ANSI - American National Standards Institute
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NIST Testing of RF Safety Equipment Helps to Strengthen Emergency Alert System Standards

New York, May 30, 2013

The U.S. Department of Commerce (DoC)’s National Institute of Standards and Technology (NIST) recently carried out a series of new tests of wireless emergency safety equipment in New York City. The tests – conducted by NIST’s Radio-Frequency Fields Group as part of an ongoing project focused on the development of metrics and laboratory tests for electronic safety devices using two-way radio-frequency (RF) transmission – took place in a multilevel subway station and in the Empire State Building. The testing was financially supported by the U.S. Department of Homeland Security (DHS) and assisted by the Fire Department of New York (FDNY).

The NIST team carried out tests of four separate RF-based personal alert safety systems (RF-PASS), which are often used by firefighters and other emergency personnel. American National Standards Institute (ANSI) member and audited designator the National Fire Protection Association (NFPA) recently incorporated NIST’s initial RF-PASS test methods into a 2013 revision of NFPA 1982-2013, Standard on Personal Alert Safety Systems. The standard provides minimum performance criteria and test methods for PASS used by firefighters, and the 2013 version is the first to cover devices using RF technology. The NFPA adoption represents a significant advance in safety, as these NIST methods will now be implemented by testing laboratories as part of the NFPA certification process for RF-PASS devices.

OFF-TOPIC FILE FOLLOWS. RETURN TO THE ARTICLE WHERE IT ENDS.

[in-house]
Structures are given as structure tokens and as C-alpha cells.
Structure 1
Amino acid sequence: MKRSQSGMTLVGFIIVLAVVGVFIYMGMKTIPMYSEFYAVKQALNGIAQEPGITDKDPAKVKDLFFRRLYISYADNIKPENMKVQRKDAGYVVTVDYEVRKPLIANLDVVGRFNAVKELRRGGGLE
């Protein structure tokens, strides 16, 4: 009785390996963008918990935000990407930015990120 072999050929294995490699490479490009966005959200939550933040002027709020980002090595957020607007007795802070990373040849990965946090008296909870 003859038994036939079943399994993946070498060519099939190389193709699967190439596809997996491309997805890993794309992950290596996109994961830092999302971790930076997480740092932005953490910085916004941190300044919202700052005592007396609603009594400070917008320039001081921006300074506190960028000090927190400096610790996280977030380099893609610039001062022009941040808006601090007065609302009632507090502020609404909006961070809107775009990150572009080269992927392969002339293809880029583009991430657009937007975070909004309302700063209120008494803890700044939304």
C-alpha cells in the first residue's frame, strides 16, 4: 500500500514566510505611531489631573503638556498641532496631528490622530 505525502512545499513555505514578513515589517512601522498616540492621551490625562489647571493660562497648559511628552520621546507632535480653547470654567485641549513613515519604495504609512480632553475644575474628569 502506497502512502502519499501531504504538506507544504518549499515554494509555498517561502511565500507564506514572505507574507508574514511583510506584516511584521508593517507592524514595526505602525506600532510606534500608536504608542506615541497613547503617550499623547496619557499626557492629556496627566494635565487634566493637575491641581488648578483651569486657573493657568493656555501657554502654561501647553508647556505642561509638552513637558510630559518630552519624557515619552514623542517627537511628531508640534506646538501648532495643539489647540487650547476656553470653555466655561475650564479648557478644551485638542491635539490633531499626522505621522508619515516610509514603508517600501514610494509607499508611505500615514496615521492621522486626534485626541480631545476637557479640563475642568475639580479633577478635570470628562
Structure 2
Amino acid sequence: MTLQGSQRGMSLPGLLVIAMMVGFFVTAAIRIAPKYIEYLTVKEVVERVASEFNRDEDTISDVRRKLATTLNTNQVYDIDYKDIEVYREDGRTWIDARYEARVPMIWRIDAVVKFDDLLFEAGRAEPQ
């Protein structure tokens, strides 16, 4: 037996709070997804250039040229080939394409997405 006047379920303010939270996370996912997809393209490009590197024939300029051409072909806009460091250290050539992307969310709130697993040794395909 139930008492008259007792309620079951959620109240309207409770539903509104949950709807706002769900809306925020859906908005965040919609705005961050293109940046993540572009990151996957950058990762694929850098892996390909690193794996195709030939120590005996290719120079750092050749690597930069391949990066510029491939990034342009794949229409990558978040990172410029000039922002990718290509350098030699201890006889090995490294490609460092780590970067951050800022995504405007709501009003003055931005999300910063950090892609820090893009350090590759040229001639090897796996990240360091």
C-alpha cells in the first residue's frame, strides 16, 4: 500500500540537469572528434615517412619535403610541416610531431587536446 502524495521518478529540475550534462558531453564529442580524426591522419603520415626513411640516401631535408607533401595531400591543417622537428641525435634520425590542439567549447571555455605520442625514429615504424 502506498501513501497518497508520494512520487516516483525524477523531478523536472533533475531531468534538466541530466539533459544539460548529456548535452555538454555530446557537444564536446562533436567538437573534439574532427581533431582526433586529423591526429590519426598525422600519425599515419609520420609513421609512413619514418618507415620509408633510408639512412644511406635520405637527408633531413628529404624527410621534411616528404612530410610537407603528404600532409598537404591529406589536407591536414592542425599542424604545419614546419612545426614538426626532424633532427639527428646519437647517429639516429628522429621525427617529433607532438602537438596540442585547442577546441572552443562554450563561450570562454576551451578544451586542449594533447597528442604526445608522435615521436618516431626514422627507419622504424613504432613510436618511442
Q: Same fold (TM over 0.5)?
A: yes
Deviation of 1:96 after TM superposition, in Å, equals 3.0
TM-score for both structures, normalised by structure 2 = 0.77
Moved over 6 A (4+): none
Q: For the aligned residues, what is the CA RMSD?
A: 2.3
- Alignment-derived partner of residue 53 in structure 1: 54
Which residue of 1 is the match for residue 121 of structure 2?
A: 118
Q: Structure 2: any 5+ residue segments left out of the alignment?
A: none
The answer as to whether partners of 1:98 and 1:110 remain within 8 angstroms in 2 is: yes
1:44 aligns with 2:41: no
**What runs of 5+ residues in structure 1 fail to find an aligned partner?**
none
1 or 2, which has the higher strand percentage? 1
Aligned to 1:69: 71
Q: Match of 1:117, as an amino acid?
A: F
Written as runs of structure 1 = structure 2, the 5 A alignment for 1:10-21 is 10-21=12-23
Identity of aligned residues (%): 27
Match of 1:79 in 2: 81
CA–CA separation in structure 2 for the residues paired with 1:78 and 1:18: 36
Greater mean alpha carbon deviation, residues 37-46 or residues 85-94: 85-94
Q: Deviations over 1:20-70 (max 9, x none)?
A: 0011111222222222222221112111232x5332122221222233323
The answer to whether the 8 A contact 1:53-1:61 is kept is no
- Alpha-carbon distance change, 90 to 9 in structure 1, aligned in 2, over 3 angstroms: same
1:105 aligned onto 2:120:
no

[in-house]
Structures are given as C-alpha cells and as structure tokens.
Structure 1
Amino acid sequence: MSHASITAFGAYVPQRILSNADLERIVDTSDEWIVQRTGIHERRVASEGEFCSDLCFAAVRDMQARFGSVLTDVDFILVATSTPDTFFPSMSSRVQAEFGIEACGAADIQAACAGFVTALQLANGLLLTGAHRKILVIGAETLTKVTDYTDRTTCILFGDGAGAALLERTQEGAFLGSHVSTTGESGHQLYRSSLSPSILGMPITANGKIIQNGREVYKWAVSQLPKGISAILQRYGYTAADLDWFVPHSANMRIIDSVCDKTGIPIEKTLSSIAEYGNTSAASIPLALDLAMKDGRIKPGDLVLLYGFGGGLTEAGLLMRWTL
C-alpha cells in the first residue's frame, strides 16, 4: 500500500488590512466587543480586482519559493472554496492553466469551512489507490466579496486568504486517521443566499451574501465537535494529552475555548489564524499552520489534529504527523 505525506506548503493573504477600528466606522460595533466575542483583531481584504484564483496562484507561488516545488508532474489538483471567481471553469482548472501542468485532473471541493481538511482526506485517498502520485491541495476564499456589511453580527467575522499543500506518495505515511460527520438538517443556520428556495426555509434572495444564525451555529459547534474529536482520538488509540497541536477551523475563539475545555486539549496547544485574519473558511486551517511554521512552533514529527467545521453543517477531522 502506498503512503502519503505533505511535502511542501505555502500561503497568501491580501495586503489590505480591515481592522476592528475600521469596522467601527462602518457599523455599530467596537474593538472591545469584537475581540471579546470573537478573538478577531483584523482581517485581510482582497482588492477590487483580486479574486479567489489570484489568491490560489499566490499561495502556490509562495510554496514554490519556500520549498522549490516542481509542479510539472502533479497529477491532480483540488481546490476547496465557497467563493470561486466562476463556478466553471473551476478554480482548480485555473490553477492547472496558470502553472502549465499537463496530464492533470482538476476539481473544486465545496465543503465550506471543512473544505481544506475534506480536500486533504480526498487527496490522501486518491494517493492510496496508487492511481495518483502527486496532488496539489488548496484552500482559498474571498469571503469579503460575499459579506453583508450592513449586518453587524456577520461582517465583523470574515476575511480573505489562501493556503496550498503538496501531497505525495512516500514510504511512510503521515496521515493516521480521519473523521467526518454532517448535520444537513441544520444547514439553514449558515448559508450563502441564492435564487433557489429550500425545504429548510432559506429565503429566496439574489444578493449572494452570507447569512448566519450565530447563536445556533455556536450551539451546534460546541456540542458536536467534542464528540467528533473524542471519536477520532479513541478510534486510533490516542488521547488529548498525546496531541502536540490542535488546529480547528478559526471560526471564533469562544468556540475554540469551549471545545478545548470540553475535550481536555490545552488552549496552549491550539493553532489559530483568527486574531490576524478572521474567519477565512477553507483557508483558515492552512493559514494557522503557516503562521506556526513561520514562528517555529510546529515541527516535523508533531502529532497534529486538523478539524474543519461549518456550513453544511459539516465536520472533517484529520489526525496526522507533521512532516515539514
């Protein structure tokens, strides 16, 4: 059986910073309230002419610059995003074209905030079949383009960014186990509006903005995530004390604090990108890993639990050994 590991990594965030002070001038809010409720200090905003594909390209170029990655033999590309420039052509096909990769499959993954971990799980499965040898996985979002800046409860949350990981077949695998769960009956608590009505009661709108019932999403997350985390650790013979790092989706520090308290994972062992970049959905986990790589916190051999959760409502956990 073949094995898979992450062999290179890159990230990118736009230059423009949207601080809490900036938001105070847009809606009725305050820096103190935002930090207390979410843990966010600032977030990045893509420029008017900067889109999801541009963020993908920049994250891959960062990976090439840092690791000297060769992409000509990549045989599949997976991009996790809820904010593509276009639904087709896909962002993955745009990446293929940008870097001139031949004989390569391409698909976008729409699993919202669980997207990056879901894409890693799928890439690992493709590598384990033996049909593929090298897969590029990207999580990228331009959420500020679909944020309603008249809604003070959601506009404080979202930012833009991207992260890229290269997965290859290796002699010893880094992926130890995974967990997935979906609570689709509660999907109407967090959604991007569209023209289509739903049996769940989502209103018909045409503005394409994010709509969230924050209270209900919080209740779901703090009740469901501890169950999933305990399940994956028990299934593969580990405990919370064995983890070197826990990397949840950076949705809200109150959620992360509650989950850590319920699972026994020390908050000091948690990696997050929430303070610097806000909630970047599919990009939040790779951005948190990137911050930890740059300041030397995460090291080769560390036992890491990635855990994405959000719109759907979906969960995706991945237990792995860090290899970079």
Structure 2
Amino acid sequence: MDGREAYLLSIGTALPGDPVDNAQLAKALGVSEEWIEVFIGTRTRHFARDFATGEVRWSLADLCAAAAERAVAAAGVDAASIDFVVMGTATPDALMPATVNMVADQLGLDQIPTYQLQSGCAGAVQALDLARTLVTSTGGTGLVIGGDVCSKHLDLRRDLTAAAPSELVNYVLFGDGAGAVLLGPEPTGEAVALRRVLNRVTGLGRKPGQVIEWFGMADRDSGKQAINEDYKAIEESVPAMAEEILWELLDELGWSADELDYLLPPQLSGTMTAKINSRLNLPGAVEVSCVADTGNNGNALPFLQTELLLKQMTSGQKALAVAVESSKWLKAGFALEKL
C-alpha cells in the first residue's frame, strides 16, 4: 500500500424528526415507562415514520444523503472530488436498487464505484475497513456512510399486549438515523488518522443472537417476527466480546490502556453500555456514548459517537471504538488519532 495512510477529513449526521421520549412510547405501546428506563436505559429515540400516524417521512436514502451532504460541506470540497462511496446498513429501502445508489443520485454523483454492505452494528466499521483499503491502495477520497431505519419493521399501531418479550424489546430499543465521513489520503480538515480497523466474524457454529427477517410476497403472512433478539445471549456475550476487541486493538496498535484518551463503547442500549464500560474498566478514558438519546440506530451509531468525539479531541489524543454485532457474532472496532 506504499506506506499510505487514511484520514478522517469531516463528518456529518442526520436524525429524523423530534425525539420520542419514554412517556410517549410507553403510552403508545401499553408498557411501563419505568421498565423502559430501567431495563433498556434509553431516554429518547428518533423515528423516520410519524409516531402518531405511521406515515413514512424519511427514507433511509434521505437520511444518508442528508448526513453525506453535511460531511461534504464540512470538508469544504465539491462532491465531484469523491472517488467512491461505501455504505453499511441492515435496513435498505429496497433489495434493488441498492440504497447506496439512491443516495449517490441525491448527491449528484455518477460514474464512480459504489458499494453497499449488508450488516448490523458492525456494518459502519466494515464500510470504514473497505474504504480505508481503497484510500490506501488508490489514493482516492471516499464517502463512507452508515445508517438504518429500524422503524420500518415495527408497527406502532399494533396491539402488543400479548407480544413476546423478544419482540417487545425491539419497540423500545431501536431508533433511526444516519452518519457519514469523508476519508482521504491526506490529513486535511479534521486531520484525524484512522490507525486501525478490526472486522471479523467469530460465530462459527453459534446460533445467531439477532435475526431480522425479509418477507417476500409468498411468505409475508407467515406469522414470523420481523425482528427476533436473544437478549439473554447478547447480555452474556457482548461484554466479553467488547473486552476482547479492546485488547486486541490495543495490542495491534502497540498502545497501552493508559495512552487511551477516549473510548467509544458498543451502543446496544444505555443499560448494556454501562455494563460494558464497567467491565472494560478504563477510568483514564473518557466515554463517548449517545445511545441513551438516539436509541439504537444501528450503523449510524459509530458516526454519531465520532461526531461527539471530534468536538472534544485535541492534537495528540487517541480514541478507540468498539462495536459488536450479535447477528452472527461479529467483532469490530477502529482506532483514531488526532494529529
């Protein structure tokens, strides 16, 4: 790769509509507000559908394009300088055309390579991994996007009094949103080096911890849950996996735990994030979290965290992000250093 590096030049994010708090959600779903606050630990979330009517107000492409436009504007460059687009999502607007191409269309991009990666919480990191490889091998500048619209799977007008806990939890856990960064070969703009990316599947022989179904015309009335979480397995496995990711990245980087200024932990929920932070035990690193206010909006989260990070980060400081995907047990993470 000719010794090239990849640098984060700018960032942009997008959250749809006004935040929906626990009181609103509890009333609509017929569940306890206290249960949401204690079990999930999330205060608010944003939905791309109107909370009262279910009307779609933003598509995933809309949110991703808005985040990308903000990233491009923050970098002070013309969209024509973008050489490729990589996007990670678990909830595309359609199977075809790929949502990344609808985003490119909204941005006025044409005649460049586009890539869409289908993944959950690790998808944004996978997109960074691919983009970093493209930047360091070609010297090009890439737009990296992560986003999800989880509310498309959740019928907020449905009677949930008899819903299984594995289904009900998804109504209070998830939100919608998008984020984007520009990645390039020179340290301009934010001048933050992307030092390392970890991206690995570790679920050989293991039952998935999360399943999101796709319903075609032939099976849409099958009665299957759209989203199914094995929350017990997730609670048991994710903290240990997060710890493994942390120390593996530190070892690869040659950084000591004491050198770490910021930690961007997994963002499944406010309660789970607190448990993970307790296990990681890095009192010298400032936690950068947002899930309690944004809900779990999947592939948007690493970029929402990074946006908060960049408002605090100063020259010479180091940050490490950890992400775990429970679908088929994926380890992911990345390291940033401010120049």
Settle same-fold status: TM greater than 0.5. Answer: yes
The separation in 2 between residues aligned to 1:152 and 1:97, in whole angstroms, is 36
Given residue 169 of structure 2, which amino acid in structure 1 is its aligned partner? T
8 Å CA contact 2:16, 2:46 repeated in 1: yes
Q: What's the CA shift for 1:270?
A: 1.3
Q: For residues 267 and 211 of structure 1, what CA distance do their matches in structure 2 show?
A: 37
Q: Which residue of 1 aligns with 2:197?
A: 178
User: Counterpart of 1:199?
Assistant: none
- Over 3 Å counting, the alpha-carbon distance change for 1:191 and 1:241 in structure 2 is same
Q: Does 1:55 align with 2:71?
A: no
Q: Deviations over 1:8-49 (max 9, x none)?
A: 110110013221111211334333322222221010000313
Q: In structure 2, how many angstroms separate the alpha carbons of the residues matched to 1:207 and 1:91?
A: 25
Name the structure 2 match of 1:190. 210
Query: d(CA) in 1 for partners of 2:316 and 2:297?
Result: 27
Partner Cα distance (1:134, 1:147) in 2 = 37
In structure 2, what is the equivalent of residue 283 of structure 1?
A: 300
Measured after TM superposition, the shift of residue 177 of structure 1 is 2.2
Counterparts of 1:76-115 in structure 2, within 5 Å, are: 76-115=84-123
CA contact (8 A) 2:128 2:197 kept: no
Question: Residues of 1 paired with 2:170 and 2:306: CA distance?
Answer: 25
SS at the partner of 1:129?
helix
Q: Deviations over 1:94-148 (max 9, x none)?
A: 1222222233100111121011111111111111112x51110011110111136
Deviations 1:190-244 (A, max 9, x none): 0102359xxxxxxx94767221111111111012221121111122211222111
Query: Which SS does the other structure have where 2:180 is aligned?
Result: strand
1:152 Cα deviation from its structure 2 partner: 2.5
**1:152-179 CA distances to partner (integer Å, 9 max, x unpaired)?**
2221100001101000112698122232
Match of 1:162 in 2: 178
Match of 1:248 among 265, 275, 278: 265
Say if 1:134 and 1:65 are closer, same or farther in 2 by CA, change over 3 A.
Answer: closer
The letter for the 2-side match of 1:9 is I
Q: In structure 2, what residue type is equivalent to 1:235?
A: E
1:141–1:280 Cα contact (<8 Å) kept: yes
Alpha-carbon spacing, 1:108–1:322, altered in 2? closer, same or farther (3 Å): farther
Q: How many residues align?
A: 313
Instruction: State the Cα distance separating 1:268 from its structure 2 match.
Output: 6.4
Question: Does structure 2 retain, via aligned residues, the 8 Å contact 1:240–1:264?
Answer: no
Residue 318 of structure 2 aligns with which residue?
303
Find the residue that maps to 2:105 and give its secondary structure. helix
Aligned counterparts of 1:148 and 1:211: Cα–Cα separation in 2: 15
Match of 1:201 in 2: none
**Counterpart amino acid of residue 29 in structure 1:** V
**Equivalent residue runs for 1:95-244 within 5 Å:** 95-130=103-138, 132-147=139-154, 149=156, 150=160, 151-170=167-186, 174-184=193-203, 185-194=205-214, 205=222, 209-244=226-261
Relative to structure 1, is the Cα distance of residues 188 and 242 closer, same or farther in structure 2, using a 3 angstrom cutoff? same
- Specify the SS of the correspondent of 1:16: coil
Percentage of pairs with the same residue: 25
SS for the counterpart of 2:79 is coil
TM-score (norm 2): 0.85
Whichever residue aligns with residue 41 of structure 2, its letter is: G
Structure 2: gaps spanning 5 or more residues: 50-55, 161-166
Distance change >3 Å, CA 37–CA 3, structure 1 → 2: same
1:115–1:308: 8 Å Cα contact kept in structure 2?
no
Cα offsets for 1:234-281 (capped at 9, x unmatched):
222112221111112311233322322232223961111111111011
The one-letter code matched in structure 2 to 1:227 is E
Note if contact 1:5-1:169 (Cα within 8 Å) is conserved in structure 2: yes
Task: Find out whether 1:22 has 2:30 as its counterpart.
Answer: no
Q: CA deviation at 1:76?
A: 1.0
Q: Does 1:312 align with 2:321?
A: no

In the recent testing, NIST examined whether a RF-enabled beacon issuing a firefighter-down signal could be transmitted to a base station located outside of a given building or subway station, whether the base station could send a response to the beacon, and how much distance and physical barriers reduced signal strength. Researchers found that signals were often not effectively transmitted from inside subway stations to the base station unless a repeater was placed inside the station; multiple repeaters might be needed in multilevel subways stations.

In addition, the tests inside the Empire State Building determined that only one of the four systems tested there were able to successfully carry out communications between beacons placed on the building’s upper floors and a base station on the street nearby without the use of repeaters. NIST's next round of test methods will include tests for reliable voice radio and emergency beacon operations in higher path-loss environments.

To read the full report, click here.

 Homeland Defense and Security Standardization Collaborative